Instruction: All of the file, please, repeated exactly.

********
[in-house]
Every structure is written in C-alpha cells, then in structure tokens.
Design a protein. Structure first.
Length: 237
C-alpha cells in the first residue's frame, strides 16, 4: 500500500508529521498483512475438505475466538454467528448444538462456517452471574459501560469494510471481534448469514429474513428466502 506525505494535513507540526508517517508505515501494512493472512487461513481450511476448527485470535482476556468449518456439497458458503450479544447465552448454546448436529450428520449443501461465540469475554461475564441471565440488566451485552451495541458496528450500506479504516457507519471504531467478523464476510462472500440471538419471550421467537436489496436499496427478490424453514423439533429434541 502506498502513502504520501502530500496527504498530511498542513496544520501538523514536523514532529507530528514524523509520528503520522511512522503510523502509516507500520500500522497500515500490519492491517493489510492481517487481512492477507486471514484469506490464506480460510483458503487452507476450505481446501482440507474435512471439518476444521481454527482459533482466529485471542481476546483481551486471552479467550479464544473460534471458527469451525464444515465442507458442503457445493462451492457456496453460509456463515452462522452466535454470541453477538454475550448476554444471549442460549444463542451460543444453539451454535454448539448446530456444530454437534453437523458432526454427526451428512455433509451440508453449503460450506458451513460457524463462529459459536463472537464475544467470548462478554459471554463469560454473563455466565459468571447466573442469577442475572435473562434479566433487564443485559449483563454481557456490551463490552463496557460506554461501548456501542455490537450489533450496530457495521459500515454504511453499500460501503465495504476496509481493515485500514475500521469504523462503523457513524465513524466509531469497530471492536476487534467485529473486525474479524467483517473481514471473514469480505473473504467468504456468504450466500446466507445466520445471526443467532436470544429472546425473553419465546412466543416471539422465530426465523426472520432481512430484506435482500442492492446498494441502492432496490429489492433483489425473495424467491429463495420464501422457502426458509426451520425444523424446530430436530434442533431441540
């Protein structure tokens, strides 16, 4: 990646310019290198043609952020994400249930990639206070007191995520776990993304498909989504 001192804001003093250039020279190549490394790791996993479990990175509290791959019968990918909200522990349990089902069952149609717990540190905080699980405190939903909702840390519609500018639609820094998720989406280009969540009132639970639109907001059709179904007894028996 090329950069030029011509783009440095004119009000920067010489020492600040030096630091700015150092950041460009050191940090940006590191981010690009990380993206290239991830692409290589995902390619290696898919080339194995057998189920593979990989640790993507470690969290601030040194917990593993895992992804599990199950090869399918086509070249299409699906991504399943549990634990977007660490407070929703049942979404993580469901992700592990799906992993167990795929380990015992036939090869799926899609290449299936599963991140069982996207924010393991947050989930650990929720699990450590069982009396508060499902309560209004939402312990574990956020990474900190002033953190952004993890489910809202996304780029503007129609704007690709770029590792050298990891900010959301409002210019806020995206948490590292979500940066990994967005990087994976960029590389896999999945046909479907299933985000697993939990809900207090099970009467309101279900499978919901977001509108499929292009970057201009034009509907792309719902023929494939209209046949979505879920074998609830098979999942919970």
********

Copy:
[in-house]
Every structure is written in C-alpha cells, then in structure tokens.
Design a protein. Structure first.
Length: 237
C-alpha cells in the first residue's frame, strides 16, 4: 500500500508529521498483512475438505475466538454467528448444538462456517452471574459501560469494510471481534448469514429474513428466502 506525505494535513507540526508517517508505515501494512493472512487461513481450511476448527485470535482476556468449518456439497458458503450479544447465552448454546448436529450428520449443501461465540469475554461475564441471565440488566451485552451495541458496528450500506479504516457507519471504531467478523464476510462472500440471538419471550421467537436489496436499496427478490424453514423439533429434541 502506498502513502504520501502530500496527504498530511498542513496544520501538523514536523514532529507530528514524523509520528503520522511512522503510523502509516507500520500500522497500515500490519492491517493489510492481517487481512492477507486471514484469506490464506480460510483458503487452507476450505481446501482440507474435512471439518476444521481454527482459533482466529485471542481476546483481551486471552479467550479464544473460534471458527469451525464444515465442507458442503457445493462451492457456496453460509456463515452462522452466535454470541453477538454475550448476554444471549442460549444463542451460543444453539451454535454448539448446530456444530454437534453437523458432526454427526451428512455433509451440508453449503460450506458451513460457524463462529459459536463472537464475544467470548462478554459471554463469560454473563455466565459468571447466573442469577442475572435473562434479566433487564443485559449483563454481557456490551463490552463496557460506554461501548456501542455490537450489533450496530457495521459500515454504511453499500460501503465495504476496509481493515485500514475500521469504523462503523457513524465513524466509531469497530471492536476487534467485529473486525474479524467483517473481514471473514469480505473473504467468504456468504450466500446466507445466520445471526443467532436470544429472546425473553419465546412466543416471539422465530426465523426472520432481512430484506435482500442492492446498494441502492432496490429489492433483489425473495424467491429463495420464501422457502426458509426451520425444523424446530430436530434442533431441540
């Protein structure tokens, strides 16, 4: 990646310019290198043609952020994400249930990639206070007191995520776990993304498909989504 001192804001003093250039020279190549490394790791996993479990990175509290791959019968990918909200522990349990089902069952149609717990540190905080699980405190939903909702840390519609500018639609820094998720989406280009969540009132639970639109907001059709179904007894028996 090329950069030029011509783009440095004119009000920067010489020492600040030096630091700015150092950041460009050191940090940006590191981010690009990380993206290239991830692409290589995902390619290696898919080339194995057998189920593979990989640790993507470690969290601030040194917990593993895992992804599990199950090869399918086509070249299409699906991504399943549990634990977007660490407070929703049942979404993580469901992700592990799906992993167990795929380990015992036939090869799926899609290449299936599963991140069982996207924010393991947050989930650990929720699990450590069982009396508060499902309560209004939402312990574990956020990474900190002033953190952004993890489910809202996304780029503007129609704007690709770029590792050298990891900010959301409002210019806020995206948490590292979500940066990994967005990087994976960029590389896999999945046909479907299933985000697993939990809900207090099970009467309101279900499978919901977001509108499929292009970057201009034009509907792309719902023929494939209209046949979505879920074998609830098979999942919970």